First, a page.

Nonlinear and linear predictions were correlated by >0.99 for most traits. The nonlinear genomic model had little advantage in R2 over the linear model except for fat and protein percentages with increases of 8 and 7%, respectively (Table 2). Gains in R2 averaged 3% with simulated data (VanRaden, 2008) but generally were smaller with real data, which indicated that most traits are influenced by more loci than the 100 QTL used in simulation. The R2 improved when the prior assumption was that all markers have some effect rather than that most have no effect.

comment by V_V · 2014-08-04T21:52:31.706Z · score: 0 (0 votes) · LW(p) · GW(p)

Thanks for the link.

If I understand correctly, the inheritability of a trait often increases with a decrease of environmental variability.

In this study they are comparing cattle raised in modern times in a developed country (the Netherlands, I think), hence the environment was likely about optimal, and unsurprising most of the observed phenotypic variation had a genetic origin.
Ethiopian subsistence farmers probably don't have access to cheap soy and corn and have their cows graze on marginal lands, therefore nutrient availability is likely the limiting factor in their milk production.
Similar patterns can be found in traits like human stature and IQ, which are more inheritable in developed countries rather than in third-world countries, and are subject to quick bursts when a country becomes more developed.

Also, in the modern dairy industry, cows are slaughtered around the age four and sold for beef, while in subsistence farming they are likely to be kept for many years past peak milk production, resulting in lower lifetime averages.

As for the specific of the inheritability of a continuous trait, I'm not an expert of genetics, but it seems to me that a polygenic model makes intuitive sense, as was quantitatively confirmed by this study.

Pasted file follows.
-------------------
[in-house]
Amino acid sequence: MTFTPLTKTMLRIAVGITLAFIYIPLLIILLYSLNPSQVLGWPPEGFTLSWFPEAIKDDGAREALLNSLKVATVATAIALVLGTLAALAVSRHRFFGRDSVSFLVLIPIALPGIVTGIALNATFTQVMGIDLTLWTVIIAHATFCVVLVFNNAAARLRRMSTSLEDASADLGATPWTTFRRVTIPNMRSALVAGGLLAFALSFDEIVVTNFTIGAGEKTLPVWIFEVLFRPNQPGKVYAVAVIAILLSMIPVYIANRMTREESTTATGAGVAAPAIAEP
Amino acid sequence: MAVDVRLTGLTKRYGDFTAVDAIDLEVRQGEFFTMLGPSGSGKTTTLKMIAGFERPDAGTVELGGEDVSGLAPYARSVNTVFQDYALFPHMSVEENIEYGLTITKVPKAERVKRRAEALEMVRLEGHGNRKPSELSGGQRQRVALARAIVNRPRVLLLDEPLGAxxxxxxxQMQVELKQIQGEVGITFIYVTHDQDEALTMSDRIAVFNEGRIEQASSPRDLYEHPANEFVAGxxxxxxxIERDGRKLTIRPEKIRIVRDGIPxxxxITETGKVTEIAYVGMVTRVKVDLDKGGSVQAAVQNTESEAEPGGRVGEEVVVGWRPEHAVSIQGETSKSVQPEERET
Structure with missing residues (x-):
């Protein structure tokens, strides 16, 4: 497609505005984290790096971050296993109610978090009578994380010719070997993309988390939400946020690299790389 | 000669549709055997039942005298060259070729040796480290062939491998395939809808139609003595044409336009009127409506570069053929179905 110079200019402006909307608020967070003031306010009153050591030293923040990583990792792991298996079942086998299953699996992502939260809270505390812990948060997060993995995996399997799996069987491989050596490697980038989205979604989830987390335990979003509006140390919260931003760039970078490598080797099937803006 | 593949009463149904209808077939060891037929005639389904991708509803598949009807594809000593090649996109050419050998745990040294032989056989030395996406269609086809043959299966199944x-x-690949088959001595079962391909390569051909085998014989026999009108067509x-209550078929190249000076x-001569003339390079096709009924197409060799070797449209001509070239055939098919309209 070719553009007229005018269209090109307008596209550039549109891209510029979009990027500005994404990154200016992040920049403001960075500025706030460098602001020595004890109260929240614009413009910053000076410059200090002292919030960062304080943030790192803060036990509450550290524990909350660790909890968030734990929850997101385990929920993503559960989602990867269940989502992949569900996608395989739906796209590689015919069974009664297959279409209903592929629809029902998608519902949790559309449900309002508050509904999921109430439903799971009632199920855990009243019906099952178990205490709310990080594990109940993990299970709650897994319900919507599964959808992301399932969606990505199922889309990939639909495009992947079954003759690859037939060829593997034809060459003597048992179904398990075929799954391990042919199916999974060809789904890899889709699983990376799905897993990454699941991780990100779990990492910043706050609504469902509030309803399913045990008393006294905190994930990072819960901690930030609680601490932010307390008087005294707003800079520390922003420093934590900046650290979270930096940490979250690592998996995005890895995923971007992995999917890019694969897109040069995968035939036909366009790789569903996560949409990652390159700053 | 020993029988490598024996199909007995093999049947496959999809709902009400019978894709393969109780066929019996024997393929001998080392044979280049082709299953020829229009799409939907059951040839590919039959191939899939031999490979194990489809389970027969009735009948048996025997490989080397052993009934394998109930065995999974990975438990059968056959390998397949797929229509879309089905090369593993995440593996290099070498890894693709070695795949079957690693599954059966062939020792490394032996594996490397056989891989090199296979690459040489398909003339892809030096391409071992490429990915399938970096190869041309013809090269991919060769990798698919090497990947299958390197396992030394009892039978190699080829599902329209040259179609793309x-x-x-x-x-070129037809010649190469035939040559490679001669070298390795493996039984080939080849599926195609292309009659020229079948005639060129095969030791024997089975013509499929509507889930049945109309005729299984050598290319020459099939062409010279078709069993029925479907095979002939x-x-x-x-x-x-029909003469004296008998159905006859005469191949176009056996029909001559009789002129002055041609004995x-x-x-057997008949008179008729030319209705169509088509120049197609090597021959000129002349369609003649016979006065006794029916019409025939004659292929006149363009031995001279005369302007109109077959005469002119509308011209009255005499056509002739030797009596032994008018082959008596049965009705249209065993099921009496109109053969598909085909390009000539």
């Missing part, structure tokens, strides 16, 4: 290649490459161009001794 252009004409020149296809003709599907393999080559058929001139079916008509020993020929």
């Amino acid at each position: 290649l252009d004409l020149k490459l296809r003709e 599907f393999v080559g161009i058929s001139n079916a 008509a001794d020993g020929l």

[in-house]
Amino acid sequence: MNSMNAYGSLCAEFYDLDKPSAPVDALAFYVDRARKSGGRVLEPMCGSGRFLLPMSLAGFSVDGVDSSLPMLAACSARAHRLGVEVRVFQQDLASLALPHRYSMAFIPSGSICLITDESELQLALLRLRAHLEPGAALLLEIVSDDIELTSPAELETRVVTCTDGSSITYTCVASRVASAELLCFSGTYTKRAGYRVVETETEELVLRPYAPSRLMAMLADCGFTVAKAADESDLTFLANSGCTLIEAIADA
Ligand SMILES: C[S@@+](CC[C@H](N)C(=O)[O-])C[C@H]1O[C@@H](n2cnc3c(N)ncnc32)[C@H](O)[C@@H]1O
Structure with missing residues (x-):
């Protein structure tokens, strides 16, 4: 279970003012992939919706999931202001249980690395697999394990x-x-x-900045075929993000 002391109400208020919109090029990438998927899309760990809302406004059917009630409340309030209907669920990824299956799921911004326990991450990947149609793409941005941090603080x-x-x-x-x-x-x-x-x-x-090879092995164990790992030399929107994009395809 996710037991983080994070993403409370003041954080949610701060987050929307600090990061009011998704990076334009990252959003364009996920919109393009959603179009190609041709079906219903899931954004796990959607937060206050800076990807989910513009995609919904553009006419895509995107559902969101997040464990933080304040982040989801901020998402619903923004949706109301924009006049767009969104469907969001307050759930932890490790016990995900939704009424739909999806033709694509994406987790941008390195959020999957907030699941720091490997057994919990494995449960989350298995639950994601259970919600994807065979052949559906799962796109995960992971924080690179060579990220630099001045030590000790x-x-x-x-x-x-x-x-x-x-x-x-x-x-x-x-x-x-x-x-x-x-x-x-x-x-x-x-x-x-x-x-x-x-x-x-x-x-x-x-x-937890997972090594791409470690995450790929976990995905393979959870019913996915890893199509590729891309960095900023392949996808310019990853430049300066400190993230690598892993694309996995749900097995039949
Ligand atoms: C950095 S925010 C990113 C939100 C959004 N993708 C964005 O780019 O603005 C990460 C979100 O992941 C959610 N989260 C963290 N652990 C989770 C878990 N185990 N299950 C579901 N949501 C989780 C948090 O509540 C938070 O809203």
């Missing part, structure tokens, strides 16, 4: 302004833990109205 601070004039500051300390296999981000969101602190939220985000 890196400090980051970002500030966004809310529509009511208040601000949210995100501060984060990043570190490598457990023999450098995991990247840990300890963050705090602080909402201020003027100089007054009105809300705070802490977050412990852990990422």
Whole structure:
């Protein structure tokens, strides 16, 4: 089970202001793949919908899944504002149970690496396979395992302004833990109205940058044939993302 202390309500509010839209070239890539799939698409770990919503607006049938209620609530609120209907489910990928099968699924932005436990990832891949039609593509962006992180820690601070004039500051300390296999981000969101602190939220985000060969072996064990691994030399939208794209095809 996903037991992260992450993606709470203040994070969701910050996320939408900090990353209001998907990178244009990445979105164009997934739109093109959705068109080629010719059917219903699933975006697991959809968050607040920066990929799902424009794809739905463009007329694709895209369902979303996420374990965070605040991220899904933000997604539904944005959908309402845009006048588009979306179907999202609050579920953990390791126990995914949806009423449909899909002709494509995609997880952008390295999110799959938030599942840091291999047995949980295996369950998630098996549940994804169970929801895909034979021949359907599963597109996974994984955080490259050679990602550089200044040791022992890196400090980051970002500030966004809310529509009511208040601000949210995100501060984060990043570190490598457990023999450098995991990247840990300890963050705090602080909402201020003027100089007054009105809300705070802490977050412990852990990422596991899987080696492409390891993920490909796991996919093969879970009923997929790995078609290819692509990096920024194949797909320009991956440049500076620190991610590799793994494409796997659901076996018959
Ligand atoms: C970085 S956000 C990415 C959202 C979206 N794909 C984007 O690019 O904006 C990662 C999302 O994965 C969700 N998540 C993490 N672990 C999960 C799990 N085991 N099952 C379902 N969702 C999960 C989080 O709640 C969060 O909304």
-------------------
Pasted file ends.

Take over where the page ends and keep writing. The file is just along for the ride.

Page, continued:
They found that a non-linear model predicts the data better than a linear model, which is however quite good, and again I don't find this particularly surprising since linear approximations often perform well on sufficiently smooth functions, especially in the neighbourhood of a stationary point (where you can expect the genotypes of a relatively stable population to be, approximately).

My problem with Hsu line of argument is that he extrapolates predictions of these kinds of linear models way past observed phenotypes, which is something that has no theoretical basis, especially given that non-linear effects (logarithmic and logistic responses, square-cube effects, etc.) are ubiquitous in biology.

comment by gwern · 2014-08-05T20:10:12.087Z · score: 1 (1 votes) · LW(p) · GW(p)

If I understand correctly, the inheritability of a trait often increases with a decrease of environmental variability.

Yes. (More relevantly, I'd say that as the environment gets better, the heritability will increase.)

Overall, your points about the Ethiopian cows are correct but I don't think they would account for more than a relatively small chunk of the difference between the best American milk cows and regular Ethiopian milk cows. It really does look to me like humanity has pushed milk capacity dozens of standard deviations past where it would have been even centuries ago.

They found that a non-linear model predicts the data better than a linear model, which is however quite good, and again I don't find this particularly surprising since linear approximations often perform well on sufficiently smooth functions, especially in the neighbourhood of a stationary point (where you can expect the genotypes of a relatively stable population to be, approximately).

Not surprising no, but people have seriously argued to me that things like embryo selection will not work well or at all because it's possible important stuff will be due to nonlinear genetic interactions (most recently on Google+, but I've seen it elsewhere). So it's something that apparently needs to be established.